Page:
World leaders and kings paid tribute to one of Africa's most famous diplomats, Kofi Annan, at his funeral in his native Ghana.
It is the culmination of three days of mourning when thousands of Ghanaians passed by their coffin when it was in the capital, Accra.
Annan died on 18 August in Switzerland at the age of 80 years.
He served as UN Secretary-General from 1997 to 2006, the first Black African to hold the highest diplomatic post in the world.
He was awarded the Nobel Peace Prize in 2001 for contributing to the revival of the international body at a time when the Iraq war and the HIV / AIDS pandemic coincided.
At the funeral, today's UN Secretary-General Antonio Guterres said Annan is an extraordinary leader who sees the UN as a force forever.
"As we face the headwinds of our turbulent and turbulent times, let yourself be inspired by the heritage of Kofi Annan," Guterres said.
"Our world needs it now more than ever," he added.
By Mayeni Jones, BBC News, Accra
Funeral guests in traditional black and red attire filled the main hall of the Accra Conference Center, which seats some 4,000 people. On a huge screen in an auditorium in front of the hall, others watch the proceedings.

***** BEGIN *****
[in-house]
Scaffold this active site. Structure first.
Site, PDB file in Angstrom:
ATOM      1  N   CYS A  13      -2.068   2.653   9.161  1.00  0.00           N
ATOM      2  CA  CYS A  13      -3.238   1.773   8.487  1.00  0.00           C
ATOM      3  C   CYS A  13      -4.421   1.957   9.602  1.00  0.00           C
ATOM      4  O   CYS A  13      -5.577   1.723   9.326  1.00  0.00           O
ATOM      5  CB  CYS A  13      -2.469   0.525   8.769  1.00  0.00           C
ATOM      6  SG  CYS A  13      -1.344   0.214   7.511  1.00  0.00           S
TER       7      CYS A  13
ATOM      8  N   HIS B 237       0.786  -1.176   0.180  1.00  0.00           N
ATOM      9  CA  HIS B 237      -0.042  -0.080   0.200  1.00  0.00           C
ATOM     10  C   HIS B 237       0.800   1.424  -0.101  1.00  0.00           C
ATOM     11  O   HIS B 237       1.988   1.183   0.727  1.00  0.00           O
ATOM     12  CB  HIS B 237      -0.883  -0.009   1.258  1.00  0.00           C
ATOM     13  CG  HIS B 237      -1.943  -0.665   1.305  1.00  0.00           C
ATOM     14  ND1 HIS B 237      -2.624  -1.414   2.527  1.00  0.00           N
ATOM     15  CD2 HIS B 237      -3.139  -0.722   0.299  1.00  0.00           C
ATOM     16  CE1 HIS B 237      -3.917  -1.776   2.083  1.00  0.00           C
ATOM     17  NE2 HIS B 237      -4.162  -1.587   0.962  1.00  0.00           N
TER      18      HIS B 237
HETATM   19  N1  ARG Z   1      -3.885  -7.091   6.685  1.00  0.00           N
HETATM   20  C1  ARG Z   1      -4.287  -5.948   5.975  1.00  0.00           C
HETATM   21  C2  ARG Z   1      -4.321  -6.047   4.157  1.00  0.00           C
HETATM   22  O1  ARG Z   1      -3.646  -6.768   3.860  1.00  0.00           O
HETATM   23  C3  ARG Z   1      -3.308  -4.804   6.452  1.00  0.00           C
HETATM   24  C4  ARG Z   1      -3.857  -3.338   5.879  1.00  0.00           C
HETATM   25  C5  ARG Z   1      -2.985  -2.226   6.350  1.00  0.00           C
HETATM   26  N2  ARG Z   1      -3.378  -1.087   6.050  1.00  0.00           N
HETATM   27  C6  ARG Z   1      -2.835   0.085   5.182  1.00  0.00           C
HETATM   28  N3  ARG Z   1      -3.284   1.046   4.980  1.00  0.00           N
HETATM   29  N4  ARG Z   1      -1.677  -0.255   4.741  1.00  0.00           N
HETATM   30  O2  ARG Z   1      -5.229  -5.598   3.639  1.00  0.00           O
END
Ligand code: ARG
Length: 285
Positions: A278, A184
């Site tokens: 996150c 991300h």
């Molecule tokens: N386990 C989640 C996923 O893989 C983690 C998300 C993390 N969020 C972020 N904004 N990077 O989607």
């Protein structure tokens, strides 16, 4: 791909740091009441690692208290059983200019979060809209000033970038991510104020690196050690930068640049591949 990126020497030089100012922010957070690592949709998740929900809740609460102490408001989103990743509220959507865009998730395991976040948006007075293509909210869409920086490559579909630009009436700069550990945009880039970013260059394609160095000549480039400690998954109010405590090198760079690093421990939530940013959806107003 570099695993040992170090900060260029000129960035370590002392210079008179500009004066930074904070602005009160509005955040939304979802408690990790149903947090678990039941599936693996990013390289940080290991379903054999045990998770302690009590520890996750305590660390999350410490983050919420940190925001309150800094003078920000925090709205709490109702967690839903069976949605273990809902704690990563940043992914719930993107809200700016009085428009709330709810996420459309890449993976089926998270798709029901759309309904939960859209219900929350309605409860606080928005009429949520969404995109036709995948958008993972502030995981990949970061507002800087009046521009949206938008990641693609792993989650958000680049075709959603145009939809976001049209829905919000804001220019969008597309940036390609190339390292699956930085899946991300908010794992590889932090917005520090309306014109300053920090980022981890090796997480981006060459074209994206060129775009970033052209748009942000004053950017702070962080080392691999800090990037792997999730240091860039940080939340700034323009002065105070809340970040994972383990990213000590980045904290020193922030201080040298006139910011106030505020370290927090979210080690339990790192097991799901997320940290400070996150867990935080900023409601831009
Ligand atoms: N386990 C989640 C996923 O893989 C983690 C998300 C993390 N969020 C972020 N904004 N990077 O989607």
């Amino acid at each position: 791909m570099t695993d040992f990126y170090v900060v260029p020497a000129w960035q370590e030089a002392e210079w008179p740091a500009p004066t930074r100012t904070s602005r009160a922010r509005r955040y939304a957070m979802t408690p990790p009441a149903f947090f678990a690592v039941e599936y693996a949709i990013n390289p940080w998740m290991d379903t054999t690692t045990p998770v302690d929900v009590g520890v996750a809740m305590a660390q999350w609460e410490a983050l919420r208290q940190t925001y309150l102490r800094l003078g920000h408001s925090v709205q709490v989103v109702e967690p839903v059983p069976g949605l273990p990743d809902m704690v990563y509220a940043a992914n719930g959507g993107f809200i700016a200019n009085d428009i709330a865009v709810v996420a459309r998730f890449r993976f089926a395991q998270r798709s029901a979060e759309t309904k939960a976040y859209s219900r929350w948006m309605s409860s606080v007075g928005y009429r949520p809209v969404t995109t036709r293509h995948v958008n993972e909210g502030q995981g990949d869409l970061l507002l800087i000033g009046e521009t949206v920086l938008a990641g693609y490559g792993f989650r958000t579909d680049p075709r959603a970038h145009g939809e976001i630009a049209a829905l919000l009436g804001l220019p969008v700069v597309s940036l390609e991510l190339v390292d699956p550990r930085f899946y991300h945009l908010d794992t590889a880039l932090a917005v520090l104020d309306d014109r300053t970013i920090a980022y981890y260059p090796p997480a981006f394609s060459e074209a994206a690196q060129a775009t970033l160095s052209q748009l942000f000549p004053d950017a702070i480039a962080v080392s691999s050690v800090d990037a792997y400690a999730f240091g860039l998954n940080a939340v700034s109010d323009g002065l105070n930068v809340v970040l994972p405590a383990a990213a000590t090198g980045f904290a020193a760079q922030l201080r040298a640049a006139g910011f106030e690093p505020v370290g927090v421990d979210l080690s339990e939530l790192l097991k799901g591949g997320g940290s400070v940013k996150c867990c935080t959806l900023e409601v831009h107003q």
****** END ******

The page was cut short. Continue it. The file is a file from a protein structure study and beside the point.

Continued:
There were hymns and a performance by soprano and human rights activist Barbara Hendricks.
Annan's nephew Kojo Amoo-Gottfried read a laudation and described how he conducted a hunger strike in his secondary school to protest the quality of food in the dining room.
There was also a moving tribute from his wife, the Swedish lawyer and artist Nane Maria Annan. She described how her husband was always excited to return home and thanked Ghana for giving the world such an extraordinary man.
She said her husband had an irresistible aura of radiant warmth.
"His legacy would live on through his founding and through us all," she concluded.
The former Queen of the Netherlands, Princess Beatrix, and her daughter-in-law, Princess Mabel, who were close friends of Annan, were among the mourners.
The King of Ghana's Asante, Otumfuo Nana Osei Tutu II, gave Annan the title of Busumuru in 2012 to honor his role as an international diplomat.
Bustrumuru is one of the swords tied to the golden chair or throne of the monarch.
The Anglican bishop of Annan's hometown of Kumasi, Central Ghana, Reverend Daniel Sarfo, said: "Today, history is written in Ghana, one of our famous sons is here.
"But we are grateful that God has used him over the years to work for humanity, for peace, and now that he is here, he has finished his work."
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